Tax Tips for Year End 2017
The final days of the year can be an important period for implementing tax savings strategies. Below are some tips that you may find helpful.
Defer income or distributions. If you have need for a one time distribution as year-end approaches, evaluating which type of account you take that distribution from, the tax implications and whether you should wait until January, a new tax year, is smart.
IRAS or Retirement Plan Contributions.Taking advantage of your company's match is just good common sense as well as considering whether you should utilize the Roth 401k. You'll pay taxes on these contributions today but you'll pay no taxes on future distributions. If you have no access to a company retirement plan then IRAs are an option.
Required Minimum Distributions (RMD).Although you are allowed to defer taking your first RMD until the year after you turn 70½, this often results in having to take two RMDs in the same tax year. To avoid this, consider taking your first withdrawal by December 31 of the year you actually turn 70½. Failure to take your RMD on time can result in a 50% penalty for the amount not distributed.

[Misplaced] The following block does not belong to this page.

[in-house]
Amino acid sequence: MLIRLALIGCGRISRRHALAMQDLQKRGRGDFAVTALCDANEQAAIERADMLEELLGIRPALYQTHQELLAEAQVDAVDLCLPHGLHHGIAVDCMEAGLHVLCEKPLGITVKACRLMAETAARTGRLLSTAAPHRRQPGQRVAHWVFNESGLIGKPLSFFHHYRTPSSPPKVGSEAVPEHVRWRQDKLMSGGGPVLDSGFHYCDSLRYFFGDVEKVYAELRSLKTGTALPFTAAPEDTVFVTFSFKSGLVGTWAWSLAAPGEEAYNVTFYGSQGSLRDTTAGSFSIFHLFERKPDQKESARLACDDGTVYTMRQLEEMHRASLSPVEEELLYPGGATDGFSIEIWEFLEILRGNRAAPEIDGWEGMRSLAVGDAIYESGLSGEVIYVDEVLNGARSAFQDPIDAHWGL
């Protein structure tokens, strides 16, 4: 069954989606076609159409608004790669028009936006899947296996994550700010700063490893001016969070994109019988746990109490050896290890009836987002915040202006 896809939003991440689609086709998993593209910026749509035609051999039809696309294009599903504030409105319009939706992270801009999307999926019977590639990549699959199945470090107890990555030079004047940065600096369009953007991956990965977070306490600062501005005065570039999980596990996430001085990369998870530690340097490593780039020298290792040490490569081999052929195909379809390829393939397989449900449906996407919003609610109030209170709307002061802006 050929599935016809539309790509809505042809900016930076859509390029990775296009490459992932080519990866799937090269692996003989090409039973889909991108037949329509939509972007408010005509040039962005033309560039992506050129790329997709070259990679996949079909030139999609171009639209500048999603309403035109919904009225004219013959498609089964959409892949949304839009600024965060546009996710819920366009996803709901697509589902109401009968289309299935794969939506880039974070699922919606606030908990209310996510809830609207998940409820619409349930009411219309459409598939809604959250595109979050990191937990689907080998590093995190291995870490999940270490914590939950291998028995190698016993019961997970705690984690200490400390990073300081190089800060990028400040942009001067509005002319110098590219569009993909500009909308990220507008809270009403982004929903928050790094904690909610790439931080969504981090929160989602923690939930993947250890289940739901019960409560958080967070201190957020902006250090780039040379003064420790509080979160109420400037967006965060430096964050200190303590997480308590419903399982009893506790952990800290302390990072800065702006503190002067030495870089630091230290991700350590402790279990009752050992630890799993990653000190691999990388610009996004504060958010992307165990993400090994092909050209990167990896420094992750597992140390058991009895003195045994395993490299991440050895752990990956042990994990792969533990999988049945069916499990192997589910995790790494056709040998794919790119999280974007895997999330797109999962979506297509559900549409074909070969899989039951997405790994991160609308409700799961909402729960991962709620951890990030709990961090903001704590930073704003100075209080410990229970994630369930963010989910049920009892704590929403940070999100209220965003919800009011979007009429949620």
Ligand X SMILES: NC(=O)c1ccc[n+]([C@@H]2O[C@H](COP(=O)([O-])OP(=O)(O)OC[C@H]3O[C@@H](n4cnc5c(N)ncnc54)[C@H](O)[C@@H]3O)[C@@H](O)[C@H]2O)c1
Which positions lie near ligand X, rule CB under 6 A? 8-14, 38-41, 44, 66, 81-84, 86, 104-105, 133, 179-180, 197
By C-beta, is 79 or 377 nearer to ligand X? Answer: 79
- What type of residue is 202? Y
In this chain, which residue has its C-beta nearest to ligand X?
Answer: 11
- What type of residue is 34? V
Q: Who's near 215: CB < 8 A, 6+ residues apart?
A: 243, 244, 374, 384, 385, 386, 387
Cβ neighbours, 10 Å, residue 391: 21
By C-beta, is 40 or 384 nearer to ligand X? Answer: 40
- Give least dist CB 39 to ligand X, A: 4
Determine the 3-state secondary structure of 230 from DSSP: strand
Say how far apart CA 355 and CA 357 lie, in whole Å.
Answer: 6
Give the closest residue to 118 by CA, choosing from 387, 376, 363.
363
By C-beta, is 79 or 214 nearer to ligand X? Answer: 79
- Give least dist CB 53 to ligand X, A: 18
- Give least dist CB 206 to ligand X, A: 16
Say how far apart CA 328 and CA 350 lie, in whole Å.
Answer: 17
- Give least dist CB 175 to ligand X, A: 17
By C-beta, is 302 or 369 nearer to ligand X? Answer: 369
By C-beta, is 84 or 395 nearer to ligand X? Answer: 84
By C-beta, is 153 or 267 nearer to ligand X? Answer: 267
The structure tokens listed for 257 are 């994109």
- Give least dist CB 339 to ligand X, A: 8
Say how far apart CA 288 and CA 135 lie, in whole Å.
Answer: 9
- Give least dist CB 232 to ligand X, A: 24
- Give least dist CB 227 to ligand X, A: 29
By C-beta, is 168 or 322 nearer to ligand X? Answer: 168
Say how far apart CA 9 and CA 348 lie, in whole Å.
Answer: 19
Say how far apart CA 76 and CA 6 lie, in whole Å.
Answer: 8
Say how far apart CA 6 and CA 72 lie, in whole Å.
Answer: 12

Harvesting Losses offset gains and reduce taxes owed.Tax loss harvesting is the practice of selling a security that has experienced a loss to offset current and future gains and income which can result in lower taxes.
Gifting in Appreciated Assets.Make a bigger impact by donating long-term appreciated securities, including stock, bonds, and mutual funds, directly to charity instead of selling them and then donating. This can automatically increase your gift and your tax deduction.
Qualified Charitable Distribution (QCD) from an IRA.You can make a donation directly to charity of your required minimum donation via a QCD (maximum of $100,000). Often this results in a bigger gift as the individual pays no taxes on the RMD distribution and resulting donation. However, per IRS Section 408(d)(8), there are very stringent rules imposed on qualifying QCDs so please consult with your tax professional first.
Sources: Michael Kitces CFP®, Broadridge and IRS